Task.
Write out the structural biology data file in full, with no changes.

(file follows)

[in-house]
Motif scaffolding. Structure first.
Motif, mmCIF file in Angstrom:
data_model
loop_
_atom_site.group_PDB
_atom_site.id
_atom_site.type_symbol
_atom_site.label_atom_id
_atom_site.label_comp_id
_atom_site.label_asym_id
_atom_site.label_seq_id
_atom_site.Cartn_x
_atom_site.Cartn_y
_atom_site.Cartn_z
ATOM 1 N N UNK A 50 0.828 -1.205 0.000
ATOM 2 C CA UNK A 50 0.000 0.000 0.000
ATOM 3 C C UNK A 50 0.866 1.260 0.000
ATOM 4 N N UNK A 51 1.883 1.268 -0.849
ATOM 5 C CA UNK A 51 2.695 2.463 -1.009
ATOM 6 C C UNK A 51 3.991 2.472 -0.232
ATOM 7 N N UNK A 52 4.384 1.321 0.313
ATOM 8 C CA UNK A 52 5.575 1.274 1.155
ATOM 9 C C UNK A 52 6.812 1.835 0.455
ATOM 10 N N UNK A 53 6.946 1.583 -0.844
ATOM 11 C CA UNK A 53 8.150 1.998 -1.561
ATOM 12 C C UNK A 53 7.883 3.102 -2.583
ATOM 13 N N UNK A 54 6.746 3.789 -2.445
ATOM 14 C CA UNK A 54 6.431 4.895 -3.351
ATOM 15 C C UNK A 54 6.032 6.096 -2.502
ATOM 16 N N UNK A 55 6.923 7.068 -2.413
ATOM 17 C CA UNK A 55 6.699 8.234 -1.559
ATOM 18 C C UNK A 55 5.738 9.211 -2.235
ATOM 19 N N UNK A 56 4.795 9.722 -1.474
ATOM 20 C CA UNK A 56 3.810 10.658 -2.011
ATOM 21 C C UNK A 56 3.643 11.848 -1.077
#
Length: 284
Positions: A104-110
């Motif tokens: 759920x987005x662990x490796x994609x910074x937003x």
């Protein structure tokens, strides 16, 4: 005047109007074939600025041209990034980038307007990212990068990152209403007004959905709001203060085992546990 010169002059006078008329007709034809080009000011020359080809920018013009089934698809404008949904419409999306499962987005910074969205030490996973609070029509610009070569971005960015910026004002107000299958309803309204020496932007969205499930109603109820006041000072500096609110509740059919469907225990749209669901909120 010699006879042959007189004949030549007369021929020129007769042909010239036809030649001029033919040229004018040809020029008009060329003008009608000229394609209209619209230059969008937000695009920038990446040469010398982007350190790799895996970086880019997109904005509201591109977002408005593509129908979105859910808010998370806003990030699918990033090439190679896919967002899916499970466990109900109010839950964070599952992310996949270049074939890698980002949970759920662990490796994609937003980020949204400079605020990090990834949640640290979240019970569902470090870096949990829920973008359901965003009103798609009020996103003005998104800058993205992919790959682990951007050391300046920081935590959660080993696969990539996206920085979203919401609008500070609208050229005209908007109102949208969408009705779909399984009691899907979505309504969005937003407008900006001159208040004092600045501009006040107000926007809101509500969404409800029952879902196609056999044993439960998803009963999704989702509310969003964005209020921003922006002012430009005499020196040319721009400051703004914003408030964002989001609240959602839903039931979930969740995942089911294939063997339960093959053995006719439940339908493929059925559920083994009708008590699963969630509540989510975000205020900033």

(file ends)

[in-house]
Motif scaffolding. Structure first.
Motif, mmCIF file in Angstrom:
data_model
loop_
_atom_site.group_PDB
_atom_site.id
_atom_site.type_symbol
_atom_site.label_atom_id
_atom_site.label_comp_id
_atom_site.label_asym_id
_atom_site.label_seq_id
_atom_site.Cartn_x
_atom_site.Cartn_y
_atom_site.Cartn_z
ATOM 1 N N UNK A 50 0.828 -1.205 0.000
ATOM 2 C CA UNK A 50 0.000 0.000 0.000
ATOM 3 C C UNK A 50 0.866 1.260 0.000
ATOM 4 N N UNK A 51 1.883 1.268 -0.849
ATOM 5 C CA UNK A 51 2.695 2.463 -1.009
ATOM 6 C C UNK A 51 3.991 2.472 -0.232
ATOM 7 N N UNK A 52 4.384 1.321 0.313
ATOM 8 C CA UNK A 52 5.575 1.274 1.155
ATOM 9 C C UNK A 52 6.812 1.835 0.455
ATOM 10 N N UNK A 53 6.946 1.583 -0.844
ATOM 11 C CA UNK A 53 8.150 1.998 -1.561
ATOM 12 C C UNK A 53 7.883 3.102 -2.583
ATOM 13 N N UNK A 54 6.746 3.789 -2.445
ATOM 14 C CA UNK A 54 6.431 4.895 -3.351
ATOM 15 C C UNK A 54 6.032 6.096 -2.502
ATOM 16 N N UNK A 55 6.923 7.068 -2.413
ATOM 17 C CA UNK A 55 6.699 8.234 -1.559
ATOM 18 C C UNK A 55 5.738 9.211 -2.235
ATOM 19 N N UNK A 56 4.795 9.722 -1.474
ATOM 20 C CA UNK A 56 3.810 10.658 -2.011
ATOM 21 C C UNK A 56 3.643 11.848 -1.077
#
Length: 284
Positions: A104-110
């Motif tokens: 759920x987005x662990x490796x994609x910074x937003x």
């Protein structure tokens, strides 16, 4: 005047109007074939600025041209990034980038307007990212990068990152209403007004959905709001203060085992546990 010169002059006078008329007709034809080009000011020359080809920018013009089934698809404008949904419409999306499962987005910074969205030490996973609070029509610009070569971005960015910026004002107000299958309803309204020496932007969205499930109603109820006041000072500096609110509740059919469907225990749209669901909120 010699006879042959007189004949030549007369021929020129007769042909010239036809030649001029033919040229004018040809020029008009060329003008009608000229394609209209619209230059969008937000695009920038990446040469010398982007350190790799895996970086880019997109904005509201591109977002408005593509129908979105859910808010998370806003990030699918990033090439190679896919967002899916499970466990109900109010839950964070599952992310996949270049074939890698980002949970759920662990490796994609937003980020949204400079605020990090990834949640640290979240019970569902470090870096949990829920973008359901965003009103798609009020996103003005998104800058993205992919790959682990951007050391300046920081935590959660080993696969990539996206920085979203919401609008500070609208050229005209908007109102949208969408009705779909399984009691899907979505309504969005937003407008900006001159208040004092600045501009006040107000926007809101509500969404409800029952879902196609056999044993439960998803009963999704989702509310969003964005209020921003922006002012430009005499020196040319721009400051703004914003408030964002989001609240959602839903039931979930969740995942089911294939063997339960093959053995006719439940339908493929059925559920083994009708008590699963969630509540989510975000205020900033």